4 December, 1996
Today the temperature was -25F and the windchill brought it down to - 60F. There is alot of construction going on here at the south pole station. They are in the first phases of a major renovation. In addition to the construction supplies that need to be airlifted here, they are also trying to get in all the supplies for the winter. The last flight in will be at the end of Feb. There will be no more flights in until the end of October or the very beginning of
November. The workers who stay here during this period are called the "winter overs" or wintering crew. In addition to these approximately 20 people, there are the scientists working here, the construction workers, and the summer crew which is helping the scientists and the construction crews but will leave before winter. Some of the winter overs will be scientists but the rest will be station crew to keep
the station running through the winter. One of the surprises has been the noise because of all the construction and because of the airplanes. There are about 5 or 6 planes, C-148's, landing each day with supplies. These huge cargo planes are loaded and unloaded almost continually. We have to walk across the runway to reach the building where we are doing research. We were stranded a couple of times at
the edge of the runway, waiting for planes to taxi, land or take-off. They have a warning light that comes on when you are not allowed to pass a certain point on the road across the runway. We had to wait there for about 20 minutes, once on the way to our building and then again on the way back. It wouldn't seem like such along wait except for the wind and the cold.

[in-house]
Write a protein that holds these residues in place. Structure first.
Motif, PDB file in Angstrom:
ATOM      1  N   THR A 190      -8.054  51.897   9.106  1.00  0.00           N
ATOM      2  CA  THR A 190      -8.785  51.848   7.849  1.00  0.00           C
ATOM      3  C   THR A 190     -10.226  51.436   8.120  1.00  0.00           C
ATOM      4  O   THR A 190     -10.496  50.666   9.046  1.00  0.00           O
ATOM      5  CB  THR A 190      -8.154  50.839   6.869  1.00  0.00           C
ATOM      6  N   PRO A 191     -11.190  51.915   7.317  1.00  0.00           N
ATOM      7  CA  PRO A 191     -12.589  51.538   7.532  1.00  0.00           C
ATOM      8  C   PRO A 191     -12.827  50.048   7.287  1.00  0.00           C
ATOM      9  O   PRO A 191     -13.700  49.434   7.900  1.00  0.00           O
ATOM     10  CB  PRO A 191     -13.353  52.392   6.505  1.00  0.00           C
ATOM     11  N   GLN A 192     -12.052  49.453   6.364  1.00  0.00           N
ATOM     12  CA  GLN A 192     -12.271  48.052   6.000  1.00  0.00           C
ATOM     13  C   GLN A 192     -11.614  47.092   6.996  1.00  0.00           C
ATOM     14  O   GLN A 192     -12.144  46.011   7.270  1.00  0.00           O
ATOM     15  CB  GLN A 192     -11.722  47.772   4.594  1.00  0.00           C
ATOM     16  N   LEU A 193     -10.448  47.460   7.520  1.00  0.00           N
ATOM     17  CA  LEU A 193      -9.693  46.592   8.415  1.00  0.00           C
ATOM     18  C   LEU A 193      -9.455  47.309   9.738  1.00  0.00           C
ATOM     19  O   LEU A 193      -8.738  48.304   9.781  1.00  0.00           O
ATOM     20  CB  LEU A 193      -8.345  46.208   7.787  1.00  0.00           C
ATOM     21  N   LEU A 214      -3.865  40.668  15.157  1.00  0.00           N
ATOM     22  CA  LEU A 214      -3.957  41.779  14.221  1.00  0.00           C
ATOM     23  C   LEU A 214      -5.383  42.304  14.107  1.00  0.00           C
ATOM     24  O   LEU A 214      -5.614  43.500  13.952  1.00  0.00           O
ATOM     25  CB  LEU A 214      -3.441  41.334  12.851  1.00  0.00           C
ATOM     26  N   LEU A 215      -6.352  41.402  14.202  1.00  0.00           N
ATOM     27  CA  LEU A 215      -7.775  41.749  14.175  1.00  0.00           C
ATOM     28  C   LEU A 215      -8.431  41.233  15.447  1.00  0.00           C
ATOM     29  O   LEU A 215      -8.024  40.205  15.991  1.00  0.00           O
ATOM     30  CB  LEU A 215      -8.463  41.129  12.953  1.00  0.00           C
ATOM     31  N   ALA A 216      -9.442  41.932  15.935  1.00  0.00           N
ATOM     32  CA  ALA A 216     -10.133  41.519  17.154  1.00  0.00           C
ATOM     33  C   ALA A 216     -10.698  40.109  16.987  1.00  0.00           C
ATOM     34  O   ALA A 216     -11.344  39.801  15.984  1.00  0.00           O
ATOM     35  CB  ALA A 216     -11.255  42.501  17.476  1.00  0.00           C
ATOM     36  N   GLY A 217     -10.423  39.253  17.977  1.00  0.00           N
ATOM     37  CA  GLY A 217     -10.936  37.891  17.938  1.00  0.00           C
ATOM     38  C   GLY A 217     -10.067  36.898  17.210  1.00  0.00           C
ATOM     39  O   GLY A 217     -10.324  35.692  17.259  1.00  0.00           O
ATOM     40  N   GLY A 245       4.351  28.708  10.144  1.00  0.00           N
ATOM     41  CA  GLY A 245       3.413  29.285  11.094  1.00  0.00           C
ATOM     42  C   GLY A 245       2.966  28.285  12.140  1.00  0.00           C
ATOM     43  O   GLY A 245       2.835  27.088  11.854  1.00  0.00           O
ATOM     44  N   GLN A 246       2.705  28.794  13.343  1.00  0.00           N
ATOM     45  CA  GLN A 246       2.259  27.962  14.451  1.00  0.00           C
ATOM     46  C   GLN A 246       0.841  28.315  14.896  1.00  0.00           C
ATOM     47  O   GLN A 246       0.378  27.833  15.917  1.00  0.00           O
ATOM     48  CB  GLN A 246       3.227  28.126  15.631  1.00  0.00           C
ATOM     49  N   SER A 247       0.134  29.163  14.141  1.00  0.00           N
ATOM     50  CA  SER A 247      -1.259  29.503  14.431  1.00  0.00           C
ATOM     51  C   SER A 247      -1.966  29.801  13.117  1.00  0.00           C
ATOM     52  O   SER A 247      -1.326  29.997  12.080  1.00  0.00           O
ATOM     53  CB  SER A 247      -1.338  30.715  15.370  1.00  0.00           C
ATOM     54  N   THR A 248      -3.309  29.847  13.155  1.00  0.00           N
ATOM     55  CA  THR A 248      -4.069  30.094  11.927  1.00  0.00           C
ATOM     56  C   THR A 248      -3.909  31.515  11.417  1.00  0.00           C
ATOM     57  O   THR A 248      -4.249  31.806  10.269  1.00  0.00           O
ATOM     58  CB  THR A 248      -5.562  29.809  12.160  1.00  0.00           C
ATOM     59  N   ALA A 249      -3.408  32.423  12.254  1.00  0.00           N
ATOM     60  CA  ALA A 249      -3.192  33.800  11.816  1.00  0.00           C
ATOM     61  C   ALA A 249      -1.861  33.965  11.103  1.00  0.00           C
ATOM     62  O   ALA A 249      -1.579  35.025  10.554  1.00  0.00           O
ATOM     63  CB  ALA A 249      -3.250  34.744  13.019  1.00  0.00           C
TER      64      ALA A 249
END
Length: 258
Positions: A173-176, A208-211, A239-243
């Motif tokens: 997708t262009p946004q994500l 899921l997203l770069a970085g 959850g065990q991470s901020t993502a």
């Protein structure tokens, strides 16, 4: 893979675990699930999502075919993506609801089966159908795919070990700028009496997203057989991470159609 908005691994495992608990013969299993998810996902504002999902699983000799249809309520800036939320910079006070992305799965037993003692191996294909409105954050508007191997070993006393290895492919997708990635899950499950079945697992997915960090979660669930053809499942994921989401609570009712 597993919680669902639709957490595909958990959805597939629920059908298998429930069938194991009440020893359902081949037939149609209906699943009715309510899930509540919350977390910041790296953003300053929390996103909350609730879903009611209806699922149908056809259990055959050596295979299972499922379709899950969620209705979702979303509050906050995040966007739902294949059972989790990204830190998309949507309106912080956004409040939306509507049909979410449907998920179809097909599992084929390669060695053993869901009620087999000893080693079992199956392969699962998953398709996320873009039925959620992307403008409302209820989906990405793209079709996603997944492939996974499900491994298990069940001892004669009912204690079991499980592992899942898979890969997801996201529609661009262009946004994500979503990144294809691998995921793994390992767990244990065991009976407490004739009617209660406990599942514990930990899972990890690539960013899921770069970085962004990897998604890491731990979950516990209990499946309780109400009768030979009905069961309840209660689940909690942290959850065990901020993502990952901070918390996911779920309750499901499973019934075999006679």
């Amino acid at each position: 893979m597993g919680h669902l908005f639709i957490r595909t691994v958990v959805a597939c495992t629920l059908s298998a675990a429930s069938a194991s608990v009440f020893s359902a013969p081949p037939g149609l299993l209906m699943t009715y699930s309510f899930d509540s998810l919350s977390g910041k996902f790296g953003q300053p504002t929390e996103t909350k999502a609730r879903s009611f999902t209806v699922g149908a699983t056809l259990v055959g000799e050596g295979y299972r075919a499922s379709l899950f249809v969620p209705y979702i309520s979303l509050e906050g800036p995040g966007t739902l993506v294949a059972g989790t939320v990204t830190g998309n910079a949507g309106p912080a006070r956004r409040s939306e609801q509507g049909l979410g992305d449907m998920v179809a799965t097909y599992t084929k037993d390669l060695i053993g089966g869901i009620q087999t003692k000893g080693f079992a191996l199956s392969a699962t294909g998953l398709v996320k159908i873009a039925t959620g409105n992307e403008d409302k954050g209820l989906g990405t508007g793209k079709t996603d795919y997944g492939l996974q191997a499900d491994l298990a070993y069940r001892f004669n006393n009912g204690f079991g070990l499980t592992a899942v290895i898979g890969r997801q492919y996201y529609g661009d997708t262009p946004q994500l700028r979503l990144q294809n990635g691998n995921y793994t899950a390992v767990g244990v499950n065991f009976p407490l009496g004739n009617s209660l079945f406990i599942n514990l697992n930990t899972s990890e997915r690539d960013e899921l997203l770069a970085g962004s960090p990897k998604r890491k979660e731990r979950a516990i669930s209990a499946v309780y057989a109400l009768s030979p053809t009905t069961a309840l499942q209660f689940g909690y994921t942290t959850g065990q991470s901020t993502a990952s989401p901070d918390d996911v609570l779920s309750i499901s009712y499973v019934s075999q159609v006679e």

When we had alot of blowing snow two days ago, we noticed these ice crystals, almost like little prisms of glass that were floating throughout the air. They weren't hard like sleet or ice..but would just float, reflecting the sun into all kinds of little rainbows. We also saw a double ring of rainbows encircling the sun. This was
formed by the refraction of the sunlight in the ice crystals in some high altitude clouds. It was very beautiful.
We are now at the stage of checking the software on the instrument. The instrument is controlled by one computer which then sends the data to a second computer that is responsible for transferring it over the internet to researchers in the U.S. The data we are looking at here can't be interepreted or analyzed in terms of the types of molecules in the air or their concentrations. To do this analysis, it requires another computer with a different type of software able to do a technique known as Fourier transforms. Since this instrument runs automatically most of the time, all the analysis is done at the Univ. of Denver and not here. We sent some files over the internet to the other researchers at U.D. today for them to analyze and assess the quality of data that we are getting. If everything is ok with the data, we are close to finishing up our work here and will be leaving for McMurdo by the weekend.
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